All aspects of intention come under her microscope, in an ordered and enthusiastically communicated fashion. Reasonable expectation, ambition, involuntary bodily mechanics, predictions, senseless responses, acts of revenge, not delivering on stated intentions, how mistakes can arise, problems with observation, deliberately misleading responses, and contradictions to statements of intention, are all considered in forensic detail.
Sections 23 to 28 should be required reading for anyone sitting on a jury panel. In these sections Anscombe works with the example of a man pumping water. ‘A man is pumping water into the cistern which supplies the drinking water of a house. Someone has found a way of systematically contaminating the source with a deadly cumulative poison whose effects are unnoticeable until they can no longer be cured. The house is regularly inhabited by a small group of party chiefs, with their immediate families, who are in control of a great state; they are engaged in exterminating the Jews and perhaps plan a world war. The man who contaminated the source … has revealed the calculation, together with the fact about the poison, to the man who is pumping.’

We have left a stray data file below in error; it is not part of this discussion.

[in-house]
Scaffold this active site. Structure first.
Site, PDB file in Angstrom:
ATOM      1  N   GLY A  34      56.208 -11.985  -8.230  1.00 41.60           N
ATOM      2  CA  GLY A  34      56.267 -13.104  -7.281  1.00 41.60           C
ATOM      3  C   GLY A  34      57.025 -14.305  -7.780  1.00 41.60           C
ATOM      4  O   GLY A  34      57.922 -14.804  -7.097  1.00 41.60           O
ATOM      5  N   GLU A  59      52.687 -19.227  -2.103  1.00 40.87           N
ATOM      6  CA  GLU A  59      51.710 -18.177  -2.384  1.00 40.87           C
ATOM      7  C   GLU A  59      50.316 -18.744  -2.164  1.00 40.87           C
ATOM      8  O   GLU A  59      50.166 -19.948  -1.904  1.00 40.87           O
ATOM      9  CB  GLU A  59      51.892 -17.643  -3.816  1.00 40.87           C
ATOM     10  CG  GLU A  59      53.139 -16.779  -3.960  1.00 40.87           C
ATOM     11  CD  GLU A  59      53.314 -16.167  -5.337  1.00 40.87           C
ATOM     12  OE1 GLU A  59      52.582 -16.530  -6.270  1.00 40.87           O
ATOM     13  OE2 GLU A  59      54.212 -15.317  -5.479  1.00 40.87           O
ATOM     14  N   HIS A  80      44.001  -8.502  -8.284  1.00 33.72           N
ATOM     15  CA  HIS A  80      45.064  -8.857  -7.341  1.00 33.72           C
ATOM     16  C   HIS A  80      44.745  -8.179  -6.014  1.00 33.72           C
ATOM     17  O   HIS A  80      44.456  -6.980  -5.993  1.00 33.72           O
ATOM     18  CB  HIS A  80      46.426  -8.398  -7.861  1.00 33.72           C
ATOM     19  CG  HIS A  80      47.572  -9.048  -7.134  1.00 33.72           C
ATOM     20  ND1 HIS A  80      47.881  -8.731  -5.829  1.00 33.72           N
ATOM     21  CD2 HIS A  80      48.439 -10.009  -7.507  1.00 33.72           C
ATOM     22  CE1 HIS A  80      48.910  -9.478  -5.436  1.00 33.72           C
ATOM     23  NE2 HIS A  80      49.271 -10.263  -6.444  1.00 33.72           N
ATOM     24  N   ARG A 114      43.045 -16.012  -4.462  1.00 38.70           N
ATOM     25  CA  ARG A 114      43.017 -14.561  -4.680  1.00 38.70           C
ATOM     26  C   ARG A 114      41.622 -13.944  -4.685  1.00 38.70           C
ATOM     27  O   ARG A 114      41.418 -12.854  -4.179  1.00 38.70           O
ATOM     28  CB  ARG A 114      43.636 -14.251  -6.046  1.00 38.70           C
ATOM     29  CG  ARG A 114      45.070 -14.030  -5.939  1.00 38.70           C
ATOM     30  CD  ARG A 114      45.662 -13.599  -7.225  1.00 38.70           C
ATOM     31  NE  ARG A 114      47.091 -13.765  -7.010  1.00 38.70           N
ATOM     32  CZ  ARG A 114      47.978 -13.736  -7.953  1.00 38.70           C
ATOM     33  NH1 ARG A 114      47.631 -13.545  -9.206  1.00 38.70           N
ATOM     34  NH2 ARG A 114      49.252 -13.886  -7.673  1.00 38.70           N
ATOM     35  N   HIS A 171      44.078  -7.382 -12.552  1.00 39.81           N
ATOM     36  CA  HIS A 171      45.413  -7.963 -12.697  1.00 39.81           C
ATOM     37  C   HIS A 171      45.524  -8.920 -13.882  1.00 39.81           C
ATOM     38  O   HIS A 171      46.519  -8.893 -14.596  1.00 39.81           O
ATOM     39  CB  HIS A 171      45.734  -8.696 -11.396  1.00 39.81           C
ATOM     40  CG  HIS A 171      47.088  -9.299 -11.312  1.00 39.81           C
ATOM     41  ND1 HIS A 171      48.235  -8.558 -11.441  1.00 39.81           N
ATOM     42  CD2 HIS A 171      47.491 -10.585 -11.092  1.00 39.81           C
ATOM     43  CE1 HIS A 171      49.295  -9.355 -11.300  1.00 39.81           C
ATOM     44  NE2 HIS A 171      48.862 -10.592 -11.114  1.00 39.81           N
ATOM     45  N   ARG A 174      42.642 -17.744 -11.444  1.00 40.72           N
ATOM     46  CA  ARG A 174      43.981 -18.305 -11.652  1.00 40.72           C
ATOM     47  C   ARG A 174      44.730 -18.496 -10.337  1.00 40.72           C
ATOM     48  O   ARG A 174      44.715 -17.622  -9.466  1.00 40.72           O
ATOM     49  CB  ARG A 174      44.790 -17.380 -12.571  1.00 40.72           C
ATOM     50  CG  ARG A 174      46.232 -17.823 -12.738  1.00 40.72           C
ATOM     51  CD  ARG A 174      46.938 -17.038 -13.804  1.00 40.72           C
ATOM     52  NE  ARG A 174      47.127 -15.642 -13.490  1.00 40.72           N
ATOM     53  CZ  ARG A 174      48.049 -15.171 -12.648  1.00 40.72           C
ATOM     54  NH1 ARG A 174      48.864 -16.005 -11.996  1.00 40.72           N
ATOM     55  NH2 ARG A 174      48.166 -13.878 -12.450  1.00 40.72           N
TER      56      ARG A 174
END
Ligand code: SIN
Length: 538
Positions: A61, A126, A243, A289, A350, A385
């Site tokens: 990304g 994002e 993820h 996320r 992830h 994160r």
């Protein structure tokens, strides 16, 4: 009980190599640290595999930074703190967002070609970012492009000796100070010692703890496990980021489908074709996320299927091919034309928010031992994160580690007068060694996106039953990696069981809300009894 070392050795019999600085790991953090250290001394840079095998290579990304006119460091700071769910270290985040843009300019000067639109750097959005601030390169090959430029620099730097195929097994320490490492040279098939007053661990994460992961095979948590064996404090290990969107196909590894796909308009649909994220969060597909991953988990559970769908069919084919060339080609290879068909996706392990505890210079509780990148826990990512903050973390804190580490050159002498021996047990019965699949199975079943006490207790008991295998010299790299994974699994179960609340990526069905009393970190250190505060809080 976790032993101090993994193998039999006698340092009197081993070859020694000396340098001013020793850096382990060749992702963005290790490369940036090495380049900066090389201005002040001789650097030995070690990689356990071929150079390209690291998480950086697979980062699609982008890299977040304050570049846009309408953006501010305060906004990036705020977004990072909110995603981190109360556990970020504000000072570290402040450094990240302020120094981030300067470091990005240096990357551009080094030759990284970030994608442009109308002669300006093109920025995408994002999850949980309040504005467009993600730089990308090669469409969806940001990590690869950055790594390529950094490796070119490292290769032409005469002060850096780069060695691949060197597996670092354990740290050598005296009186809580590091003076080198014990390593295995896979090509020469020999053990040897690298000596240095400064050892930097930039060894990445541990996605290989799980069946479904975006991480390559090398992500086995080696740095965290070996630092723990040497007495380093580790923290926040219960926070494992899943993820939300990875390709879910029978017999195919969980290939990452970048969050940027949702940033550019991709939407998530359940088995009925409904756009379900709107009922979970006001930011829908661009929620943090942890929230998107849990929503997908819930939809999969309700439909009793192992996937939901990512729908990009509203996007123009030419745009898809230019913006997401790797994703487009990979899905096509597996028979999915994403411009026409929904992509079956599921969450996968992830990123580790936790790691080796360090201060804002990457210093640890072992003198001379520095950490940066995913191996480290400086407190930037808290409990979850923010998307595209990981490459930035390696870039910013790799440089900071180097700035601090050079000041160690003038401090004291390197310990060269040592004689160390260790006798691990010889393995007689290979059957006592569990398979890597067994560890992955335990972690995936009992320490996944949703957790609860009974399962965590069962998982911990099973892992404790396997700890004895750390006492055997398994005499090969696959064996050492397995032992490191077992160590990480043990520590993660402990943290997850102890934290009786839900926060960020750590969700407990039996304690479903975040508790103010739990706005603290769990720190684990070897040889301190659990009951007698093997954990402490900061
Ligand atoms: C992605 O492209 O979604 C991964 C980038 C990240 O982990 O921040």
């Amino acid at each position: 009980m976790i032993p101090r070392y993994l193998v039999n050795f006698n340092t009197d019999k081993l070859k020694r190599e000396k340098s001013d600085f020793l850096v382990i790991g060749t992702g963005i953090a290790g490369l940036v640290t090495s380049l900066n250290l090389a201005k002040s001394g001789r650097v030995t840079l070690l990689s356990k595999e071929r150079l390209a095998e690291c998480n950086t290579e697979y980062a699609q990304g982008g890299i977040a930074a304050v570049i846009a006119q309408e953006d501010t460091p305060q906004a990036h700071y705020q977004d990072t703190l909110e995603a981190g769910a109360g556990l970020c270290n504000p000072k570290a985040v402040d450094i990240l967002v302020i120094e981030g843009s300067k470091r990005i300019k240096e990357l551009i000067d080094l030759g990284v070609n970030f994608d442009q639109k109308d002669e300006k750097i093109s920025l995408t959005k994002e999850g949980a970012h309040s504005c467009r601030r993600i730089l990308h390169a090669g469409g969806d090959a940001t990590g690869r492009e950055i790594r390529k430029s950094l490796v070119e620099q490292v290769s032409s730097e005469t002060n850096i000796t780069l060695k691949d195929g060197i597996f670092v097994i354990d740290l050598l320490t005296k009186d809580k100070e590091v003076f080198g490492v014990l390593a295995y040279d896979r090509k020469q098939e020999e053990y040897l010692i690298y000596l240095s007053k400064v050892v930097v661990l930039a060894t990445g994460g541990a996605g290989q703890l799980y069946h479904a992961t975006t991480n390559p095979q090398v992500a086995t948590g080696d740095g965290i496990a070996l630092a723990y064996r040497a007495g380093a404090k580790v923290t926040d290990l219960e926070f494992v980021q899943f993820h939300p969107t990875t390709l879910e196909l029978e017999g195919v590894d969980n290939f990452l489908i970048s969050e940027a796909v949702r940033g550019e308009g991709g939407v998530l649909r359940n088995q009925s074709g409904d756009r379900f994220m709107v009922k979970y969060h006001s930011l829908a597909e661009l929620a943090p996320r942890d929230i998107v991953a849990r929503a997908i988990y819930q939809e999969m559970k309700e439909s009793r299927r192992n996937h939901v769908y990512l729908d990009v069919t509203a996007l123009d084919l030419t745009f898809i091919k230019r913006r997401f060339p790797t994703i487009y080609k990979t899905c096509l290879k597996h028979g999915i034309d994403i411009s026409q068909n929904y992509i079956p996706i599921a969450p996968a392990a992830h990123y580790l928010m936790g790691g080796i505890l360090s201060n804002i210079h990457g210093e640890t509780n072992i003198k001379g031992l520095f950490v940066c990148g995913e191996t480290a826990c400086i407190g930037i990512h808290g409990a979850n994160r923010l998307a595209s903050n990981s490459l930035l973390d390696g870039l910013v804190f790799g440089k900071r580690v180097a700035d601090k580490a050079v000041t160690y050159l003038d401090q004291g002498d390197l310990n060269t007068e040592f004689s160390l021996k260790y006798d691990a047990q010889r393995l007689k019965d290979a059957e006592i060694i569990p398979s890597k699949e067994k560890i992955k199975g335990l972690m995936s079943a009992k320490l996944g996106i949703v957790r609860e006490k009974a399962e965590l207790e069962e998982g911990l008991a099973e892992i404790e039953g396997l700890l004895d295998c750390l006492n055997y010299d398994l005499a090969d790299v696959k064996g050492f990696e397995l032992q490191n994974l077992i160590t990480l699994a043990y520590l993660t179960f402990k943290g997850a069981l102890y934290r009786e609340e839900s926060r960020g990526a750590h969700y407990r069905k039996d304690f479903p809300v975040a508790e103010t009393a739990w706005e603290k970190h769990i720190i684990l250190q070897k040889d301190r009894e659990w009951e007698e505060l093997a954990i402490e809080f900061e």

There follows an investigation about culpability, true facts that can be stated, motivation for action, and the consequences of actions in a chain. It amounts to an examination of the difference between murder and manslaughter, or even terrorism and freedom fighting. In this quite bleak example, Anscombe lifts the whole thing with her cheerful mid-century turn of phrase. Page 44: ‘That is to say, when asked “Why did you replenish the house supply with poisoned water?” he might either reply “I couldn’t care tuppence” or say “I was glad to polish them off”…’
She then puts the reader through a complete process of thinking about why only some events would typically be connected to the main event and not all events ever that make the existence of the man at work and the metal of the pump possible.
It’s not all about murder though. On page 35 we have a lovely example of passive aggressive responses to questions: ‘For example, someone comes into a room, sees me lying on a bed and asks “What are you doing?” The answer “lying on a bed” would be received with just irritation; an answer like “Resting” or “Doing Yoga” which would be a description of what I am doing in lying on my bed, would be an expression of intention.’ And there it is; an assessment of fifty per cent of conversations between parents and their teenage children.